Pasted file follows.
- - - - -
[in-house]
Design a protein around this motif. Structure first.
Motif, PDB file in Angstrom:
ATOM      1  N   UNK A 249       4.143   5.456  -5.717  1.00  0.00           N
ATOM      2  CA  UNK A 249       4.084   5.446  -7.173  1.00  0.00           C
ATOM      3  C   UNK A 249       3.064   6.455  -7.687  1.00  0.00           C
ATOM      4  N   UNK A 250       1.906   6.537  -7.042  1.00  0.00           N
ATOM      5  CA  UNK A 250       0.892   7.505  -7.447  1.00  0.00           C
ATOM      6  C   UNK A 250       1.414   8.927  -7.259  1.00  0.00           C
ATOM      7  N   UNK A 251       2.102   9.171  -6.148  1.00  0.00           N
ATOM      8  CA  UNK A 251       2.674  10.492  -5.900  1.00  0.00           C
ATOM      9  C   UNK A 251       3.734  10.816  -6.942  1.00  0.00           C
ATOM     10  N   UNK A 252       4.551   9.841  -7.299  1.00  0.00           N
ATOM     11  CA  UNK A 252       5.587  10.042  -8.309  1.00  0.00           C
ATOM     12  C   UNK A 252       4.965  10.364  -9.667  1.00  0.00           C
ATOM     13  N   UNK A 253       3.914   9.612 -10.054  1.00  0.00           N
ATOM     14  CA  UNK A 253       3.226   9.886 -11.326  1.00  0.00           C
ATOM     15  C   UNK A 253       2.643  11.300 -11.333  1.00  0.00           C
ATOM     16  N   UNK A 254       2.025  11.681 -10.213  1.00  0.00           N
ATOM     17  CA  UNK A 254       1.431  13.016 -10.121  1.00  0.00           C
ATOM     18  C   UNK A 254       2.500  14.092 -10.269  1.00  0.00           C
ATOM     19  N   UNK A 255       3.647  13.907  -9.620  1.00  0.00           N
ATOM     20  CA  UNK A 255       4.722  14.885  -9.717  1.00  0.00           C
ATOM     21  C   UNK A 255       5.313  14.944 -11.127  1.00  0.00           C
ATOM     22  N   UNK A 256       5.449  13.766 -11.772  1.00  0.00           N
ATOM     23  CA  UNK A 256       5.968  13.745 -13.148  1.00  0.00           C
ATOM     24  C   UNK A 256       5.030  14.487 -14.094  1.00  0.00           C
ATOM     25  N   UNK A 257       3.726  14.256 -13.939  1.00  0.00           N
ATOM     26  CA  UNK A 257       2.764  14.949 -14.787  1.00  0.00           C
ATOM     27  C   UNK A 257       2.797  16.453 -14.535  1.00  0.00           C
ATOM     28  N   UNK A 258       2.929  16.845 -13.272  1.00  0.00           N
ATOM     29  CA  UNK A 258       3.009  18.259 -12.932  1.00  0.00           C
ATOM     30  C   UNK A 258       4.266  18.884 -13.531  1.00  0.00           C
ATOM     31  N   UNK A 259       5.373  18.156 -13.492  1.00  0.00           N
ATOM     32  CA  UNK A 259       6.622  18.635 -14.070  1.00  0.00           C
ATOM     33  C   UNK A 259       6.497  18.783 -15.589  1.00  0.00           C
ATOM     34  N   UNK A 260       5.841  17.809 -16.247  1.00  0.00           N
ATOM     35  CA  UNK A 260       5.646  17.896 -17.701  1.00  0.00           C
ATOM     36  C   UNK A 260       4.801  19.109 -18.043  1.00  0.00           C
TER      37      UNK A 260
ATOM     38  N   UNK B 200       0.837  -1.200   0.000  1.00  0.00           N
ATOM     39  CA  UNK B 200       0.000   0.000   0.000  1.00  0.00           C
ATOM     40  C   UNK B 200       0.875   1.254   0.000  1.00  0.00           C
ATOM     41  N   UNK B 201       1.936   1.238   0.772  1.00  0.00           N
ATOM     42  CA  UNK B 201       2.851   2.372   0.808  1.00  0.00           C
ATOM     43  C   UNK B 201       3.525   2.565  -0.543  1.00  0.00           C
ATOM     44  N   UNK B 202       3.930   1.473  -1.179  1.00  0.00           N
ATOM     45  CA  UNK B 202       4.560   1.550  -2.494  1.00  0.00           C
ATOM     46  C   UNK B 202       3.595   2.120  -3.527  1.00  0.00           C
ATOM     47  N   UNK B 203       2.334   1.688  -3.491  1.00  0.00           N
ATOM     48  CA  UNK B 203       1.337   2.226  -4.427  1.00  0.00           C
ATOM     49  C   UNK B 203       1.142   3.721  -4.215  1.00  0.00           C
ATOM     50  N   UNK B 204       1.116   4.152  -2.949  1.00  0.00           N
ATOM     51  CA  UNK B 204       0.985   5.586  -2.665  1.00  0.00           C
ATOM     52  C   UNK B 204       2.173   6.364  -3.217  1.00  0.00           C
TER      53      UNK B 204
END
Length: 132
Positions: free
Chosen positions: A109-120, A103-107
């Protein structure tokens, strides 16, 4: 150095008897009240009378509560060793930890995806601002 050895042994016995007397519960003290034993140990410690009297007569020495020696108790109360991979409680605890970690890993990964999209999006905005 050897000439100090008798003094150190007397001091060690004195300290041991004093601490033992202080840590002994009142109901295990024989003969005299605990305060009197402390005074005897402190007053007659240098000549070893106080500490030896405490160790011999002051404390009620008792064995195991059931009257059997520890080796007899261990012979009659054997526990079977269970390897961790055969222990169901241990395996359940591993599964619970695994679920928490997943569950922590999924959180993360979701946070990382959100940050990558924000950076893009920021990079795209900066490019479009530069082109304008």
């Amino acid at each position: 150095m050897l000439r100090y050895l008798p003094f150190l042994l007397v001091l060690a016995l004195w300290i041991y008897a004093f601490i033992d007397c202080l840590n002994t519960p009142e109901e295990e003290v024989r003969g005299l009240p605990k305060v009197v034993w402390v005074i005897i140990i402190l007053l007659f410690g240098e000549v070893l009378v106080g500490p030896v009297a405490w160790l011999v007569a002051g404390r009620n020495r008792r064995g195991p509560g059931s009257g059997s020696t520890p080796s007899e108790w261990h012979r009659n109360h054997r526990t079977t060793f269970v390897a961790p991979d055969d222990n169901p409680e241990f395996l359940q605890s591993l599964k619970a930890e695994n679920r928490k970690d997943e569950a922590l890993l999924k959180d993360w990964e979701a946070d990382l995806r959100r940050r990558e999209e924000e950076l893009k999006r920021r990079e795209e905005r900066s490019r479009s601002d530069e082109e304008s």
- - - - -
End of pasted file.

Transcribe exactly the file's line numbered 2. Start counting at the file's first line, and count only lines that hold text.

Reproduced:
Design a protein around this motif. Structure first.